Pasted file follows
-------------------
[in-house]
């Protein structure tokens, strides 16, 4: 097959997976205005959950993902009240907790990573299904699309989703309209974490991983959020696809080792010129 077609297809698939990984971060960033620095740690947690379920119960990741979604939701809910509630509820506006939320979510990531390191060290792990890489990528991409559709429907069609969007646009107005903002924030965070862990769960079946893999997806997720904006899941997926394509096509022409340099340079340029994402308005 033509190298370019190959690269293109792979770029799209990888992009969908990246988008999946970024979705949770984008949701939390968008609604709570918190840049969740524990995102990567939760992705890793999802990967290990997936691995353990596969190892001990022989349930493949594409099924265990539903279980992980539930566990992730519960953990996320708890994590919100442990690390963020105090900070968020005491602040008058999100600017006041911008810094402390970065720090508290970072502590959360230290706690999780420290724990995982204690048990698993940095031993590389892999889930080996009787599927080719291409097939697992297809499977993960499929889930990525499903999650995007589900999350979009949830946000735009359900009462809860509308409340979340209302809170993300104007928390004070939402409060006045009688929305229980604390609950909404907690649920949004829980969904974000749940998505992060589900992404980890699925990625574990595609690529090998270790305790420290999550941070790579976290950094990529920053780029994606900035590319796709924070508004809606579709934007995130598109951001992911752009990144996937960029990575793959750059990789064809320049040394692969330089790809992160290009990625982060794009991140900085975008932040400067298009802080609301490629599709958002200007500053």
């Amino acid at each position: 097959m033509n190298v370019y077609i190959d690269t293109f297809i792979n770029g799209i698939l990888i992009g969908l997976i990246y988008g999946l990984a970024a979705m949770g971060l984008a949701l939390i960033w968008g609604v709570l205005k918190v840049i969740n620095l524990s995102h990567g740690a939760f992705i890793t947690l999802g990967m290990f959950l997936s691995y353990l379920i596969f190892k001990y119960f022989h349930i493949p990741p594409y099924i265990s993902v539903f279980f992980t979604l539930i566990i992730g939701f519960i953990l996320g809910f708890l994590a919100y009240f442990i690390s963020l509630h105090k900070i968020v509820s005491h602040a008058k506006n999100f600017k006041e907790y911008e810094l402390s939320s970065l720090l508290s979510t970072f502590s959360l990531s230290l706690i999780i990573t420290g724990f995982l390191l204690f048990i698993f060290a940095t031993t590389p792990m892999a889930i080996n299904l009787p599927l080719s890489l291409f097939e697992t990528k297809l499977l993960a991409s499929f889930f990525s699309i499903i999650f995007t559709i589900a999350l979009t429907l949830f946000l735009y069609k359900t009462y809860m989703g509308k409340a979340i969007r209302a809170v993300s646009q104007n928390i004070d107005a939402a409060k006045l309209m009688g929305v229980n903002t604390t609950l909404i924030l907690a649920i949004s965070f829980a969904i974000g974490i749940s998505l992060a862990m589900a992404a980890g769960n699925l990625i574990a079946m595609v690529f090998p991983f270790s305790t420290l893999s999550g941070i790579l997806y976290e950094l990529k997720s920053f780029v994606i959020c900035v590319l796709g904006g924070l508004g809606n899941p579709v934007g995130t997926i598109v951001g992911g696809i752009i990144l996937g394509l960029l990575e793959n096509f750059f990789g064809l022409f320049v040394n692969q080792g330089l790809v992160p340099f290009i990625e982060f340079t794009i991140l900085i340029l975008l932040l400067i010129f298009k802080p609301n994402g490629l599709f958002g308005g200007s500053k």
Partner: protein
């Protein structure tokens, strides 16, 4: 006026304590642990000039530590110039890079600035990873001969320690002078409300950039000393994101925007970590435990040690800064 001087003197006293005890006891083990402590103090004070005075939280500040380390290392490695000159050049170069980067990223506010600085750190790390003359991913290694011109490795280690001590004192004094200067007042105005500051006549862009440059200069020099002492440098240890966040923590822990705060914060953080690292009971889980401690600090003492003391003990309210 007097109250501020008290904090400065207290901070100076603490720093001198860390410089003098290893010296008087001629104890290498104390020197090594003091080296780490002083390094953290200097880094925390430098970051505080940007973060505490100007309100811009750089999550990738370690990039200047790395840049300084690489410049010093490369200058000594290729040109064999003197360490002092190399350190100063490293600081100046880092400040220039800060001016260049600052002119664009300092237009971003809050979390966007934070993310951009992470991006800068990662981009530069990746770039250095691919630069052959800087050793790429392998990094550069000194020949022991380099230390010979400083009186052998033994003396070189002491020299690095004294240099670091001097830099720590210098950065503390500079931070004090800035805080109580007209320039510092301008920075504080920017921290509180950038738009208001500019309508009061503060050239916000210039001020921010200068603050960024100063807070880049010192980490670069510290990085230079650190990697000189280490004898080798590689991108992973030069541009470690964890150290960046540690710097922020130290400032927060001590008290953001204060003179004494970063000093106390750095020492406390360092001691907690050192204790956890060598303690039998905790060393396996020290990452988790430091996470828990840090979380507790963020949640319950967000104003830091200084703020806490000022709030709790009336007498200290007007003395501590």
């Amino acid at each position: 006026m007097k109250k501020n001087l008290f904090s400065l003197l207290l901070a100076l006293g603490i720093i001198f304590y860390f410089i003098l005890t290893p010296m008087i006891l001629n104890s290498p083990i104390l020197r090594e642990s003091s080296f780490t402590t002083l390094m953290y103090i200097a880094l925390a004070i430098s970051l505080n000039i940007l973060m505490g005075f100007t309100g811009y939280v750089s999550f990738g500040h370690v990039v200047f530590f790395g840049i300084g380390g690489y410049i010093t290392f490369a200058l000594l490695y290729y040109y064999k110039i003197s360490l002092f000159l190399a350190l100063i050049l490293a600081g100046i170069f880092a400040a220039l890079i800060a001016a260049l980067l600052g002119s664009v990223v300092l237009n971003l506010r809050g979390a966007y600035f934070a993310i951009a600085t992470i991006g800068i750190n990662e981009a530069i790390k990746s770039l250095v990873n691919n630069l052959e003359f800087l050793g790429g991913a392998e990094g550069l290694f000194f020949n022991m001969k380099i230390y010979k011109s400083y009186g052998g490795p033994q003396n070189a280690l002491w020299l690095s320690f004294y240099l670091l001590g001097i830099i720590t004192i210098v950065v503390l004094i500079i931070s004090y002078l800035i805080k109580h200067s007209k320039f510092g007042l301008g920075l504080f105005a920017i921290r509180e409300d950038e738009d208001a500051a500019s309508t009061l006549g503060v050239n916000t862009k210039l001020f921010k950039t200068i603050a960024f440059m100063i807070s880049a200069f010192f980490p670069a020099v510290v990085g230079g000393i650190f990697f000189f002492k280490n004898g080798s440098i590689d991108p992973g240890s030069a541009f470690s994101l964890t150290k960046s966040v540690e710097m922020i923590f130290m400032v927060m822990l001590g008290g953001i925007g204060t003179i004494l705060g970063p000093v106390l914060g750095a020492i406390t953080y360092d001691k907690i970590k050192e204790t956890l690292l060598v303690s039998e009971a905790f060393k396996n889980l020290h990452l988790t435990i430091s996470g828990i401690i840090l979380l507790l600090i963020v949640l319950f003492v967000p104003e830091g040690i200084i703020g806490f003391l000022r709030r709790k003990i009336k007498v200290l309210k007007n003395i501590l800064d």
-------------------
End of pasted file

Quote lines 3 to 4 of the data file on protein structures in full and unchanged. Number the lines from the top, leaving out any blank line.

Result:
């Amino acid at each position: 097959m033509n190298v370019y077609i190959d690269t293109f297809i792979n770029g799209i698939l990888i992009g969908l997976i990246y988008g999946l990984a970024a979705m949770g971060l984008a949701l939390i960033w968008g609604v709570l205005k918190v840049i969740n620095l524990s995102h990567g740690a939760f992705i890793t947690l999802g990967m290990f959950l997936s691995y353990l379920i596969f190892k001990y119960f022989h349930i493949p990741p594409y099924i265990s993902v539903f279980f992980t979604l539930i566990i992730g939701f519960i953990l996320g809910f708890l994590a919100y009240f442990i690390s963020l509630h105090k900070i968020v509820s005491h602040a008058k506006n999100f600017k006041e907790y911008e810094l402390s939320s970065l720090l508290s979510t970072f502590s959360l990531s230290l706690i999780i990573t420290g724990f995982l390191l204690f048990i698993f060290a940095t031993t590389p792990m892999a889930i080996n299904l009787p599927l080719s890489l291409f097939e697992t990528k297809l499977l993960a991409s499929f889930f990525s699309i499903i999650f995007t559709i589900a999350l979009t429907l949830f946000l735009y069609k359900t009462y809860m989703g509308k409340a979340i969007r209302a809170v993300s646009q104007n928390i004070d107005a939402a409060k006045l309209m009688g929305v229980n903002t604390t609950l909404i924030l907690a649920i949004s965070f829980a969904i974000g974490i749940s998505l992060a862990m589900a992404a980890g769960n699925l990625i574990a079946m595609v690529f090998p991983f270790s305790t420290l893999s999550g941070i790579l997806y976290e950094l990529k997720s920053f780029v994606i959020c900035v590319l796709g904006g924070l508004g809606n899941p579709v934007g995130t997926i598109v951001g992911g696809i752009i990144l996937g394509l960029l990575e793959n096509f750059f990789g064809l022409f320049v040394n692969q080792g330089l790809v992160p340099f290009i990625e982060f340079t794009i991140l900085i340029l975008l932040l400067i010129f298009k802080p609301n994402g490629l599709f958002g308005g200007s500053k």
Partner: protein